Knights of the Mashing Fork
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  • By: Bryan Peretto

The Cold Room

Even at the beginning of my homebrew career, I envisioned my basement being an Irish pub. As it was, the basement was one big concrete room with some mechanicals, washer and dryer, and a whole lot of crap in storage.

I knew how important temperature was to both fermenting, storing, and serving beer and its ingredients. I decided that since I was building walls and rooms to partition the basement, I might as well build a cold room for my beer.

Iíve seen one or two articles on the web where people have turned a small corner of their basement into a walk-in fridge with the use of an air conditioning unit. Iím going to assume you, or someone you know, is familiar with basic construction and electrical. If not, this might not be a project you should attempt, and I surely wonít be held responsible for your stupidity.


One article claimed that you should use the LOWEST BTU (3k) air conditioner for your cold room because a larger unit will cycle the compressor on and off too quickly, leading to premature failure of the unit. They claimed to get 15 degrees below ambient with the AC.

Another article used a high BTU (20+k) unit and they claimed to have almost frozen their beer. One of my concerns was cost. Not just for the unit itself, but operating cost in electricity.

I eventually purchased a 6k BTU unit with manual controls. I was afraid that I wouldnít be able to rewire a digital system properly.

The Room

Other than the AC advice, I pretty much winged everything else. I built a roughly 4x8 foot room in my basement where one of the walls was the outer basement wall, itself. My ambient basement temperature can be anywhere from 55 to 75 degrees during the year.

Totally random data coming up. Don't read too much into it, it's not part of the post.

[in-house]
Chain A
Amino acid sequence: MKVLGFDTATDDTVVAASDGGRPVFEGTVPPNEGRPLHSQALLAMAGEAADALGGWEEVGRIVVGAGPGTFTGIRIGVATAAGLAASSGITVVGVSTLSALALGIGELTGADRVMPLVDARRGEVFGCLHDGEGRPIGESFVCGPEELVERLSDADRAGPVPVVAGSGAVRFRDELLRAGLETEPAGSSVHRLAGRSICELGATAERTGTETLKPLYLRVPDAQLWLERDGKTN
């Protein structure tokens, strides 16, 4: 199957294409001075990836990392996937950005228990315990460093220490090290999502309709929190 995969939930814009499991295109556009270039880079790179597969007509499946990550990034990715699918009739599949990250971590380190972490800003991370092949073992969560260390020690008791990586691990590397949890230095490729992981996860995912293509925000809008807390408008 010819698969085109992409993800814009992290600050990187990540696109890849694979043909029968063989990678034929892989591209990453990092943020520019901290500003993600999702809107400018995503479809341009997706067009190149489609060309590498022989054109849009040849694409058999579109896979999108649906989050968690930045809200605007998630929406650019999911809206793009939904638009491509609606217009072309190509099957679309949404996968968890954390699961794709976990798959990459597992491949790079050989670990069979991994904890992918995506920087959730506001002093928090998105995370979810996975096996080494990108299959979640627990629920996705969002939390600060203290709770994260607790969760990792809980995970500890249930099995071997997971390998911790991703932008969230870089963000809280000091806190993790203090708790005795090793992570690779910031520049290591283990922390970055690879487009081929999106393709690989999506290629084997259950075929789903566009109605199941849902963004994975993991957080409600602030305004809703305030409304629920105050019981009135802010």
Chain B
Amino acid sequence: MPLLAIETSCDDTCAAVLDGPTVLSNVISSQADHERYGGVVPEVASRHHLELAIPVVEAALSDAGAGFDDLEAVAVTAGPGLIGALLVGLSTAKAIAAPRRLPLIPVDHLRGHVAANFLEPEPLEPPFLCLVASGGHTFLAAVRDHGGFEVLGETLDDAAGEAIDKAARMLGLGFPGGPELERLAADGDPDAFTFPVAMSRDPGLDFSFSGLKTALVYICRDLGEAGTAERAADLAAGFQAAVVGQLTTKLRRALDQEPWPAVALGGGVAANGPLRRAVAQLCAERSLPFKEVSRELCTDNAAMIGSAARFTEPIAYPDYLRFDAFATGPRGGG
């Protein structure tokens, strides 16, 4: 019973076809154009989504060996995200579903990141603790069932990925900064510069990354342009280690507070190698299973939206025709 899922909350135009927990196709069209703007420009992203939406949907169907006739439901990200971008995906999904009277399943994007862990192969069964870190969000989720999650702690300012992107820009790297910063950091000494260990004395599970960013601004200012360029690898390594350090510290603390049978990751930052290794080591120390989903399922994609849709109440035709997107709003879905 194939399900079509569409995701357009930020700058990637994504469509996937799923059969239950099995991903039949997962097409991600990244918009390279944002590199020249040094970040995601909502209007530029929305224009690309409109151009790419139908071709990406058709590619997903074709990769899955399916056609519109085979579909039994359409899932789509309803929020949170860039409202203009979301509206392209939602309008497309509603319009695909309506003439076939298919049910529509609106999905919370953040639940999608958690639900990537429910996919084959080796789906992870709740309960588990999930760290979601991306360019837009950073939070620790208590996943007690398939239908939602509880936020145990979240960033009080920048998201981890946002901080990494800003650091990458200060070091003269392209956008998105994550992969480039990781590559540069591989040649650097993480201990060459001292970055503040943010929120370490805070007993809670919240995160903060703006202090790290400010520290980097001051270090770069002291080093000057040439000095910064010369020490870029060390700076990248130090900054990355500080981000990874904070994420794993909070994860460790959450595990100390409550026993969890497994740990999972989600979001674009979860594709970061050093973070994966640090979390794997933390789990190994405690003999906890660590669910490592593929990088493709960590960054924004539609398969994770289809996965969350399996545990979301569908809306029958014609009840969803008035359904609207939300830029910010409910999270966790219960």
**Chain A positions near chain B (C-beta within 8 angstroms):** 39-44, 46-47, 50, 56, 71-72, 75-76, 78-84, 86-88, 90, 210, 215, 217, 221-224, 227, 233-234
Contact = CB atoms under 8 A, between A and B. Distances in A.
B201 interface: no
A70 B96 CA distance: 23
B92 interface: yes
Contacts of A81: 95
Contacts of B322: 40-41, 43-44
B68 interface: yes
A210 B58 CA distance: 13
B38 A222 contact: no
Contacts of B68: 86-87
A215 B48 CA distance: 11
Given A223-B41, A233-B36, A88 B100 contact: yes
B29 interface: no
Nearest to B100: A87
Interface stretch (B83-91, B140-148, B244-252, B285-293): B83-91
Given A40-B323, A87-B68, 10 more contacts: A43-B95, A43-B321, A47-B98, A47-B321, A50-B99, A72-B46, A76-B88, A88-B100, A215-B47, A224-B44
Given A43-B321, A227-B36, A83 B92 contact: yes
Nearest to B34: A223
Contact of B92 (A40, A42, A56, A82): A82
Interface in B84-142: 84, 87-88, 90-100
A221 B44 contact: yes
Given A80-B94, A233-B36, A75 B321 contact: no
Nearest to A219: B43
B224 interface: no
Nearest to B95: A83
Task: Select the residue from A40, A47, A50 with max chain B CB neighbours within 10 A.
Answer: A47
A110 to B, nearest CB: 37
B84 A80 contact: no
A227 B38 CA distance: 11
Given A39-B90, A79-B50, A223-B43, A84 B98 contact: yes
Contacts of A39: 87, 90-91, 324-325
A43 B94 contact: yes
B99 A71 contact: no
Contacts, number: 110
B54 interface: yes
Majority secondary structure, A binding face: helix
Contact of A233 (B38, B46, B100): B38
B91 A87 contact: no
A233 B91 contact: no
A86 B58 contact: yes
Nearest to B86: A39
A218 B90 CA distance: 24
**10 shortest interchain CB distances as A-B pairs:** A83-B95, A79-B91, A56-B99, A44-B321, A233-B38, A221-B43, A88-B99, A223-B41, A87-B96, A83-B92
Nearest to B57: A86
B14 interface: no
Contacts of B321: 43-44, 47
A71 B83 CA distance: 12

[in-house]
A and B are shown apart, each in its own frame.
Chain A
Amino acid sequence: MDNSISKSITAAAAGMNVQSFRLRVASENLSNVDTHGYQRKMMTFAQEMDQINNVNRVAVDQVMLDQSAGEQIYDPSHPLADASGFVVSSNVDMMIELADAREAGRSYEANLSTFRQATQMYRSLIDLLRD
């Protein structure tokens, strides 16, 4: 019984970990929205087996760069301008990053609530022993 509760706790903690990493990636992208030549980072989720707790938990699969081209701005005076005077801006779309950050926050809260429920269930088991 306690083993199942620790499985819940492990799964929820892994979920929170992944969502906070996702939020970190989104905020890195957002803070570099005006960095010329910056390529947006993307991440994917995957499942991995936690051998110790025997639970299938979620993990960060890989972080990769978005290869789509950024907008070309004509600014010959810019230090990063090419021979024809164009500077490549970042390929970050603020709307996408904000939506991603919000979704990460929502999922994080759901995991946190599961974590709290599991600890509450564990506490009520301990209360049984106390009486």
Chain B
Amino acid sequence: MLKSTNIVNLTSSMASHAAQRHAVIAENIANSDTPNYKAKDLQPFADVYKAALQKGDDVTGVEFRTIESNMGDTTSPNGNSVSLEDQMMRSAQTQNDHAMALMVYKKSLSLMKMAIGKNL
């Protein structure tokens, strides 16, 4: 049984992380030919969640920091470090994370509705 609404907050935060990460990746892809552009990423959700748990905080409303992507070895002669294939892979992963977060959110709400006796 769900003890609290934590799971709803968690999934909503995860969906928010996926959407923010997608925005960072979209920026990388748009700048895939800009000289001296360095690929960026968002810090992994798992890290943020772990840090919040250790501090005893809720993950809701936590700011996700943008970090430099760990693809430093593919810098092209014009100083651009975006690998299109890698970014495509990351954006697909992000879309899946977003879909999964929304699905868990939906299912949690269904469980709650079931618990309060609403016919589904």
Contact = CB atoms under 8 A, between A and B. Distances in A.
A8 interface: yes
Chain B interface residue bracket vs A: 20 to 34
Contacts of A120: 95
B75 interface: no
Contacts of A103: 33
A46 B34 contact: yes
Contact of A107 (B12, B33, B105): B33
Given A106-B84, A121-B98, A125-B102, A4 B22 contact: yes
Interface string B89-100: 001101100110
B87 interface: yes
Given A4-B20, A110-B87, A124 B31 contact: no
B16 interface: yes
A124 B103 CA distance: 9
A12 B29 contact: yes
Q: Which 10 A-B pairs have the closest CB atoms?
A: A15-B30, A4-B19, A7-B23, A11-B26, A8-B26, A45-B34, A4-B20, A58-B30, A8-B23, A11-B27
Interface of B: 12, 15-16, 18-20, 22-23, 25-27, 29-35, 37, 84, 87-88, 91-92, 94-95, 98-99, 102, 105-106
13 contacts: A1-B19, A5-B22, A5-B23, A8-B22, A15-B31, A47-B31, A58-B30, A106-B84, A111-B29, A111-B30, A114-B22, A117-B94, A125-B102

The room was made with your standard 2x4 inch studs. The studs and rafters were insulated with your typical fiberglass insulation (paper facing out).

The inside of the cold room was finished with paneled insulation that has a reflective foil face. I taped the seams with a foil tape.

The inside of the room contained a built in shelf on one side. It was built into the structure itself and has held a few hundred pounds of grain and beer at any time. Obviously, you need to frame an opening for the AC unit as well.

The door, because Iím cheap, was made of a piece of plywood with an attached piece of expanded polystyrene for insulation.

Readying the AC

Getting the cover off of the AC unit was probably the hardest part. After that was completed, I located the temperature module- itís the thing with the probe coming out of it thatís also attached to the temperature knob.

Luckily, the wires all had connectors on the end. I simply pulled the wire going from the power to the temp controller and the wire from the temp controller to the on/off switch. Taking out the temp controller, I directly wired the AC to go from the power to the switch. That means the compressor will always be running when the AC is on, no matter what temperature the room is at.

So, how do you regulate the temperature? CíMon- youíre a homebrewer! You use the typical temperature controller as with any chest freezer.